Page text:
Hari also deals with a great many myths that surround drug usage. He explains that the use of mind altering substances is common throughout the animal kingdom and not something unnatural. He demolishes the idea that the reason that most people use drugs is simply because they are addicted. They are not, they use because they enjoy doing so. But for others, it is more complicated and Hari relates the stories of some of their lives. Some use to escape trauma that has been inflicted upon them and we make matters worse by marginalising and criminalising them and making it harder for them to return to any sort of normal life. And for this small minority what is needed more than anything else is our understanding, our help and our compassion. But that is the last thing that they currently get, at least not in most countries.

Towards the end of the book, Hari visits Portugal and then Uruguay, two countries that offer an alternative approach. In Portugal they decriminalised drug use in 2003 and focus their efforts instead on helping addicts. In Uruguay they went one step further and legalised marijuana and both countries have seen remarkable progress and made significant strides since then. They have not descended into anarchy and chaos as some feared, and Hari actually found that neither country wants to go back to the way they were. Now, with the legalisation of this drug in several US states, it feels like things may finally be changing. I really hope they are.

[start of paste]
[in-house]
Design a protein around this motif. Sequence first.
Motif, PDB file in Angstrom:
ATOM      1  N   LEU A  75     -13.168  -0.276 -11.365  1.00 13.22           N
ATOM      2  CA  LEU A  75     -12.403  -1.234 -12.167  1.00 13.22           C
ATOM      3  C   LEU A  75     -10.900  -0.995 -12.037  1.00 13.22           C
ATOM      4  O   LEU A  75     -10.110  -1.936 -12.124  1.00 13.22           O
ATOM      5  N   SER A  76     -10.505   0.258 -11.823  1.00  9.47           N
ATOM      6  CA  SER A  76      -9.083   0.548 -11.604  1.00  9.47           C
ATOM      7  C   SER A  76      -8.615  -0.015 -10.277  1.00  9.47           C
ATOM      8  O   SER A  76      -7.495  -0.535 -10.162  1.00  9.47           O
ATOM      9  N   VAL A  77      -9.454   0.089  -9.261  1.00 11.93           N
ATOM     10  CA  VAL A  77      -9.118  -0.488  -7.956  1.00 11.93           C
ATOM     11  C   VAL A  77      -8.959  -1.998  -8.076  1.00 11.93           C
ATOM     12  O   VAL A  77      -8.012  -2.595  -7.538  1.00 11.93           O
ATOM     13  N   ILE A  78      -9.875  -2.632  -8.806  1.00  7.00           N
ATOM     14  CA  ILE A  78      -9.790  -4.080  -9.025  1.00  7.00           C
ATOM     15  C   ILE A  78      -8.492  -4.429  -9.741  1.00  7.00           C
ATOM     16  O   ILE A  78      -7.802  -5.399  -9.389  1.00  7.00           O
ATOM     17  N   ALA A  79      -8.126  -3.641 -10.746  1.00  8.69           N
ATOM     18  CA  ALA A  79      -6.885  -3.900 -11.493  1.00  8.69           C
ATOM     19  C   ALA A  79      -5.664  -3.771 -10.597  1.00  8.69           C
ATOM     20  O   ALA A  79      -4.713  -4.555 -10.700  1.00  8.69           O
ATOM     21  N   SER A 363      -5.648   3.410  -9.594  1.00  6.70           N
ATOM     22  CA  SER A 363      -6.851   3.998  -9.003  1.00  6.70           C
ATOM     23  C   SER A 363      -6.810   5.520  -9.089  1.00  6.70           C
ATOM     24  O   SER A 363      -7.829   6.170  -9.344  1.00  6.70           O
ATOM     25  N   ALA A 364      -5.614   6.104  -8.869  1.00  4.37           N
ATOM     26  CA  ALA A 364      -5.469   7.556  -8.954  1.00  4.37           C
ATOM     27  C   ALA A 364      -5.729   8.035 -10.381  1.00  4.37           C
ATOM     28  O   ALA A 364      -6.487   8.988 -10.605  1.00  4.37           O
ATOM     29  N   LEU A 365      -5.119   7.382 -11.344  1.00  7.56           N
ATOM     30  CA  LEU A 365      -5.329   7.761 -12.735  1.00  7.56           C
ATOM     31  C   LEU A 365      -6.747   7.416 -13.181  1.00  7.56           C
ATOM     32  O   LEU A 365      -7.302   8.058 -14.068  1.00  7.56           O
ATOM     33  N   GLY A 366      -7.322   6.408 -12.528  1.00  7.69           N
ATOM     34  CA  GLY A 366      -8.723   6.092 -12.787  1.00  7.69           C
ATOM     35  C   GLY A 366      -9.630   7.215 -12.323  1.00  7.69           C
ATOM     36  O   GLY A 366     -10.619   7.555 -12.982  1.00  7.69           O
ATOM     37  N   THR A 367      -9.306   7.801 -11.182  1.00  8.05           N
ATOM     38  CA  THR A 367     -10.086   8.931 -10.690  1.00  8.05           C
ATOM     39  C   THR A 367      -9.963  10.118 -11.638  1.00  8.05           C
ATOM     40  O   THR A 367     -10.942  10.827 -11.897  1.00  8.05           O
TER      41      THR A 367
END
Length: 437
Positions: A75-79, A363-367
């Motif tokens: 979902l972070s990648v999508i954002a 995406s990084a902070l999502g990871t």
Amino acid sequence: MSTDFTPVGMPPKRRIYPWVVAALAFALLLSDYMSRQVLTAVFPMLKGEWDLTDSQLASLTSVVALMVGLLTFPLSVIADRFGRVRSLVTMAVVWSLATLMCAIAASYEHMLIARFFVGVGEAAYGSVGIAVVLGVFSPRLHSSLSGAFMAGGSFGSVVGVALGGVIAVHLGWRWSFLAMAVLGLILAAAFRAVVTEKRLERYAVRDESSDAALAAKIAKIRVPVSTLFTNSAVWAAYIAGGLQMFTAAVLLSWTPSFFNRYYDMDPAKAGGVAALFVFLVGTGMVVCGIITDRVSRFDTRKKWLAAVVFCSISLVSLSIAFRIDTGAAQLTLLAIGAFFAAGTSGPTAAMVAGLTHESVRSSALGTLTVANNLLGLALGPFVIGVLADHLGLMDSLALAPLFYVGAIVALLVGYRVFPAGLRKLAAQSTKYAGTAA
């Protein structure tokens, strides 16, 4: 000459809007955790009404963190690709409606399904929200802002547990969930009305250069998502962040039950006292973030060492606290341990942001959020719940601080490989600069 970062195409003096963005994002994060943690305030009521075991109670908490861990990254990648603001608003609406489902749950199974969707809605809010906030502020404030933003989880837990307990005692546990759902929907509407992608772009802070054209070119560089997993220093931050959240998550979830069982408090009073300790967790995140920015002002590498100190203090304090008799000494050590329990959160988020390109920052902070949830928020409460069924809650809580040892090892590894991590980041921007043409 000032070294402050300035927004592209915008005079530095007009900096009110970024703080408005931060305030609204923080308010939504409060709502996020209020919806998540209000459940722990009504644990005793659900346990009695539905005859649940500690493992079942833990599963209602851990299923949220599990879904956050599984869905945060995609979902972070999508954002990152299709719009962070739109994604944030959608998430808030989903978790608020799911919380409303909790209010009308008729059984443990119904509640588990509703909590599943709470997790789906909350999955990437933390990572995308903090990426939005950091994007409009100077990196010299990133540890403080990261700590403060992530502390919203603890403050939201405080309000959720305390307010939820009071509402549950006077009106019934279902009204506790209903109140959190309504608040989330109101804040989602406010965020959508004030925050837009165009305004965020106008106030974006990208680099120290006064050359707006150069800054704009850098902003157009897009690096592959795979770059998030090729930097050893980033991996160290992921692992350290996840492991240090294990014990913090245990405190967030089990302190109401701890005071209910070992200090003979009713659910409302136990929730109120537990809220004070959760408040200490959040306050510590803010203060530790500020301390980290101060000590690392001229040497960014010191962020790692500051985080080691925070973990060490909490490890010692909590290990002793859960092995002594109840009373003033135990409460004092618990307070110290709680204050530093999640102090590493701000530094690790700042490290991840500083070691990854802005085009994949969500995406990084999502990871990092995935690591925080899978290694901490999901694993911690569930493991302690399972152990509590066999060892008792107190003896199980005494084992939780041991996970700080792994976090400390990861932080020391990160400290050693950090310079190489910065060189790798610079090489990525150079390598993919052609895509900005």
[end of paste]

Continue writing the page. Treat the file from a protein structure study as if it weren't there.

Chasing the Scream is an incredible book that deserves to find as wide an audience as possible and one that will hopefully contribute to the discussion that ends the toxic culture surrounding drug use and criminalisation. This futile fight achieves nothing except hand the drugs trade to criminals and criminalise people who need our help more than our disgust. As with other non-fiction books that I have read and reviewed recently (particularly Paul Mason’s ‘Post-Capitalism’ and George Monbiot’s Captive State) it also offers hope for future that things can change. We have seen the signs that the US may be willing to consider a new approach and I hope this continues.